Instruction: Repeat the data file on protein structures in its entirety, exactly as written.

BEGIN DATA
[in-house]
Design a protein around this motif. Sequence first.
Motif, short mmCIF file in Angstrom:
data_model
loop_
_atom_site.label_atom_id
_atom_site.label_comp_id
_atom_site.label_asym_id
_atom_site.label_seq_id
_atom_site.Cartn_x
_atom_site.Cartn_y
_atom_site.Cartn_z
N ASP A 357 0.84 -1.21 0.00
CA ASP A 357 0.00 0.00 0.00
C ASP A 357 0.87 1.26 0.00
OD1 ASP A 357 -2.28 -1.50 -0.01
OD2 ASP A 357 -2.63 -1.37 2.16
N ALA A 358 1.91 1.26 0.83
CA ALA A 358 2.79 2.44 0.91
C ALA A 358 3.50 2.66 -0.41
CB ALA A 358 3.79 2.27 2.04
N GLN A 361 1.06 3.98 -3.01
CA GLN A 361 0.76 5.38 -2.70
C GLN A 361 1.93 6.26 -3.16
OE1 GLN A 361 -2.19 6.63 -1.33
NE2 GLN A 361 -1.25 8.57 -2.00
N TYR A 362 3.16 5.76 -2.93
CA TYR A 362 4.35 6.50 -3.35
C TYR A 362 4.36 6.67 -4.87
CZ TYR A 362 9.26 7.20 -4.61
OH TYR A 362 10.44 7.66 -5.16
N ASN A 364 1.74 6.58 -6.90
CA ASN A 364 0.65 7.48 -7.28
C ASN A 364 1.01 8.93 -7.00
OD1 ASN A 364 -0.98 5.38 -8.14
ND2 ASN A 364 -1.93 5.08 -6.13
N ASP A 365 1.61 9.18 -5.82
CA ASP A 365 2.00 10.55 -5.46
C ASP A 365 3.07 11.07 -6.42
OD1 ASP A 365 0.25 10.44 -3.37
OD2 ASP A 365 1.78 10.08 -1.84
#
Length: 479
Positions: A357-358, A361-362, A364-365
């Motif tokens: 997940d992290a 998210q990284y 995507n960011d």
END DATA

[in-house]
Design a protein around this motif. Sequence first.
Motif, short mmCIF file in Angstrom:
data_model
loop_
_atom_site.label_atom_id
_atom_site.label_comp_id
_atom_site.label_asym_id
_atom_site.label_seq_id
_atom_site.Cartn_x
_atom_site.Cartn_y
_atom_site.Cartn_z
N ASP A 357 0.84 -1.21 0.00
CA ASP A 357 0.00 0.00 0.00
C ASP A 357 0.87 1.26 0.00
OD1 ASP A 357 -2.28 -1.50 -0.01
OD2 ASP A 357 -2.63 -1.37 2.16
N ALA A 358 1.91 1.26 0.83
CA ALA A 358 2.79 2.44 0.91
C ALA A 358 3.50 2.66 -0.41
CB ALA A 358 3.79 2.27 2.04
N GLN A 361 1.06 3.98 -3.01
CA GLN A 361 0.76 5.38 -2.70
C GLN A 361 1.93 6.26 -3.16
OE1 GLN A 361 -2.19 6.63 -1.33
NE2 GLN A 361 -1.25 8.57 -2.00
N TYR A 362 3.16 5.76 -2.93
CA TYR A 362 4.35 6.50 -3.35
C TYR A 362 4.36 6.67 -4.87
CZ TYR A 362 9.26 7.20 -4.61
OH TYR A 362 10.44 7.66 -5.16
N ASN A 364 1.74 6.58 -6.90
CA ASN A 364 0.65 7.48 -7.28
C ASN A 364 1.01 8.93 -7.00
OD1 ASN A 364 -0.98 5.38 -8.14
ND2 ASN A 364 -1.93 5.08 -6.13
N ASP A 365 1.61 9.18 -5.82
CA ASP A 365 2.00 10.55 -5.46
C ASP A 365 3.07 11.07 -6.42
OD1 ASP A 365 0.25 10.44 -3.37
OD2 ASP A 365 1.78 10.08 -1.84
#
Length: 479
Positions: A357-358, A361-362, A364-365
């Motif tokens: 997940d992290a 998210q990284y 995507n960011d």